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Right Side of History

Economic forces and Pres. Obama’s legendary timidity in the first half of his presidency could yet doom the Democratic Party’s presidential and Congressional aspirations during this election cycle.

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A recent poll found that Indian Americans are the strongest backers of Pres. Barack Obama after African Americans. The poll of Asian American voters by Lake Research Partners determined that Pres. Obama led presumptive Republican nominee Mitt Romney by a margin of 76 to 8 percent. That is higher than even the proportion by which they voted for him in 2008 — 67 percent for Obama against 7 percent for John McCain, according to the poll.

Indian Americans were the most heavily Democratic group among all Asians surveyed. 85 percent of Indian Americans had a favorable opinion of Obama (compared to 23 percent of Romney); 80 percent had a favorable view of the Democratic Party against 18 percent of the Republican Party. Almost 63 percent of Indians rated Obama as doing an excellent or good job as president; by contrast, Pres. Obama’s favorable rating nationally is frequently hovering under 50 percent. Strong majorities of Indian Americans believed that Democrats offer better solutions than Republicans on major national issues, such as jobs, economy, health care, immigration, foreign policy, education, etc.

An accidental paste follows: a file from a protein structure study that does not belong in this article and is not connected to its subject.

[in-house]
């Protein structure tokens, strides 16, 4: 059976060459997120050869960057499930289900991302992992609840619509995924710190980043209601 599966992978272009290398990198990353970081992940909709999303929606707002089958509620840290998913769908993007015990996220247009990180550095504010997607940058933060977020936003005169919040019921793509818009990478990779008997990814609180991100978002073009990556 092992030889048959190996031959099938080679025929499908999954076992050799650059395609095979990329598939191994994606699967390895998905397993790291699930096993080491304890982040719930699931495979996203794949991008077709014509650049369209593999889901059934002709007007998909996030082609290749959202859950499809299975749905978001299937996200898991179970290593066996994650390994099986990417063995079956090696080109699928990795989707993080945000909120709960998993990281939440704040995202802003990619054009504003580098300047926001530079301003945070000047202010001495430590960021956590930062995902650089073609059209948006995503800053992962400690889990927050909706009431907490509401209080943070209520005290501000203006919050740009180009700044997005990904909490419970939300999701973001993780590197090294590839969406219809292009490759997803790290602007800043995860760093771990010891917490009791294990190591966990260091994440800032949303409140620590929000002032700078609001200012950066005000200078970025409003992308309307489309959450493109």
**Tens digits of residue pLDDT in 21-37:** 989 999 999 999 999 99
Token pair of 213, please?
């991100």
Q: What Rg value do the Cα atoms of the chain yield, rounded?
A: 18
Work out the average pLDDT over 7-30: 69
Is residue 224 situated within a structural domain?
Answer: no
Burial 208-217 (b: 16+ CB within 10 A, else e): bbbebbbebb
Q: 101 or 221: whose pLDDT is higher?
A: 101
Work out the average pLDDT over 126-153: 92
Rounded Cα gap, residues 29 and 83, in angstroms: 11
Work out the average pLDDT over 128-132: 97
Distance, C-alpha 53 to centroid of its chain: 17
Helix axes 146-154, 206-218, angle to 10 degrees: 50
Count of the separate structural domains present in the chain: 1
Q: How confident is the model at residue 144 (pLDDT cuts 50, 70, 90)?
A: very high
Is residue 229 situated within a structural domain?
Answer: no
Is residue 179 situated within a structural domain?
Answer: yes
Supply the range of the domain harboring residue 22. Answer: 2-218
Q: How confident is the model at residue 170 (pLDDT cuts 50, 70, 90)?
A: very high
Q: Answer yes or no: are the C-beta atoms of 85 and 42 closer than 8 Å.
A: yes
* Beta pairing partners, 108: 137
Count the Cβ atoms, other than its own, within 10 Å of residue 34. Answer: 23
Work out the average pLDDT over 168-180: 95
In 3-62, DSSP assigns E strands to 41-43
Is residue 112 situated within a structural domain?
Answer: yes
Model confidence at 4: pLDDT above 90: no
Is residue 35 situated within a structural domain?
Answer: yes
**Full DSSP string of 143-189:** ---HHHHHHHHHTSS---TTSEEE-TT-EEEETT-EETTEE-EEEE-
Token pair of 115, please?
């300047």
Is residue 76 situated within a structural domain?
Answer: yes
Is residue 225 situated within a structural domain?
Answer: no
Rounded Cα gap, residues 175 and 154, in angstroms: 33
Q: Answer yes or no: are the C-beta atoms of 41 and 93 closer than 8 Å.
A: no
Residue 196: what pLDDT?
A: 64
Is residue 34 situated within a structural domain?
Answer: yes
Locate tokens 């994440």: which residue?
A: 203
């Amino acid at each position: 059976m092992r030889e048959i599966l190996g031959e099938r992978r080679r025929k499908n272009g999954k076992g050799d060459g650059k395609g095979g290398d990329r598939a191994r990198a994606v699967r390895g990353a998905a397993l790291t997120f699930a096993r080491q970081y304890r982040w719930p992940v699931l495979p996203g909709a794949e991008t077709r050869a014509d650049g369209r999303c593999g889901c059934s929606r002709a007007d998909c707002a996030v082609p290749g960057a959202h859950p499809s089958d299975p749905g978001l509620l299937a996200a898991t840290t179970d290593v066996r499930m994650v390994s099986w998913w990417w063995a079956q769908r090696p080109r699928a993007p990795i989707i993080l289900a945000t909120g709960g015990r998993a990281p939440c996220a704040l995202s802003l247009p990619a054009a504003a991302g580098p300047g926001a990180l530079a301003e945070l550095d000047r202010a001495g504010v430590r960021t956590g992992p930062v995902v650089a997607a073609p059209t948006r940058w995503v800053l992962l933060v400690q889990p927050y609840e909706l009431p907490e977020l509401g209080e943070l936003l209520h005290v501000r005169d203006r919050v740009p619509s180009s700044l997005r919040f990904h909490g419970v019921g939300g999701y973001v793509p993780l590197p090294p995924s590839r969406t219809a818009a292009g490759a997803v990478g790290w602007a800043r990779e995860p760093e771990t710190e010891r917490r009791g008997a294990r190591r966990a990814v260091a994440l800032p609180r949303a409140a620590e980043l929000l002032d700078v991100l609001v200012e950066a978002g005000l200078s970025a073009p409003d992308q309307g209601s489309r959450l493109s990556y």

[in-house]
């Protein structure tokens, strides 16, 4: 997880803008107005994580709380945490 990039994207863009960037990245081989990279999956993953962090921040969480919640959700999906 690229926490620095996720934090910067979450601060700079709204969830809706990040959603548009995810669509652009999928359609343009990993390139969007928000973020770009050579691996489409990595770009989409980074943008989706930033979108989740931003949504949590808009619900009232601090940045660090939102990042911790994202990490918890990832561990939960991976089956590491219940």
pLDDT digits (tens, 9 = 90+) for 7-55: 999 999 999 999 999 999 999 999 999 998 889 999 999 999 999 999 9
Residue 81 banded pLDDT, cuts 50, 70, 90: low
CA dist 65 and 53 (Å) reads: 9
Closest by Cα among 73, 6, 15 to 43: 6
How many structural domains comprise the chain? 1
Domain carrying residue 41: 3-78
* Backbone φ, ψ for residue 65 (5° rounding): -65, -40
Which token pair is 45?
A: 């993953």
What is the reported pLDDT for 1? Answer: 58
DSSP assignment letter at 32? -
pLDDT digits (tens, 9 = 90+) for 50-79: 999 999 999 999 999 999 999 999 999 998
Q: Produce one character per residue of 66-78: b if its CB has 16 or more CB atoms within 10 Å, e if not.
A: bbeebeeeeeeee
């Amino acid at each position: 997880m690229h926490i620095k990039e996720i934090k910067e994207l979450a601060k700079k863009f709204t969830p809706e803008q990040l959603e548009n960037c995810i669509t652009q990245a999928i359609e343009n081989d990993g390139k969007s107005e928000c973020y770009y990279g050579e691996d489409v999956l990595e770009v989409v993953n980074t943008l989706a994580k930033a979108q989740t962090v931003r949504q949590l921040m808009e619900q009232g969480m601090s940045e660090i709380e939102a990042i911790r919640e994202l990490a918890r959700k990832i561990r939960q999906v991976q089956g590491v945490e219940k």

Given a sample size of just 136 Indian Americans in the survey, the margin of error of the poll is almost 9 percent. Even so, the lopsided Democratic Party preference is unmistakable and in sync with past surveys with larger sample sizes. It appears that the dissatisfaction over Pres. Obama’s anti outsourcing rhetoric has not soured Indian Americans away from Obama. Equally remarkably, even though Indian Americans have celebrated the success of a handful of Indian American Republicans, notably Gov. Nikki Haley of South Carolina and Gov. Bobby Jindal of Louisiana, both of whom ran from their ethnic and religious roots to advance in right wing Republican circles, it does not appear that they have been influential in shaping Indian American political attitudes or weaning them toward the Republican Party.

Both Haley and Jindal have been touted as possible running mates for Romney, but with little grassroots support within their own ethnic group and virtually no political constituency outside the right wing of the Republican Party, which propelled them to statewide office, neither brings any national coattails with minorities, their ostensible political asset for an increasingly Southern White party. It is clear that neither of them is being seriously considered; vice presidential prospects are leaked frequently by political campaigns just to win brownie points with small constituencies.

Economic forces and Pres. Obama’s legendary timidity in the first half of his presidency could yet doom the Democratic Party’s presidential and Congressional aspirations during this election cycle. But the demographic trend lines of the next decade are unmistakably in favor of the Democrats. Indian Americans are wise to cast their lot with the right side of history.

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Commentary | Politics | Bigger India | June 2012 | NRI | Magazine

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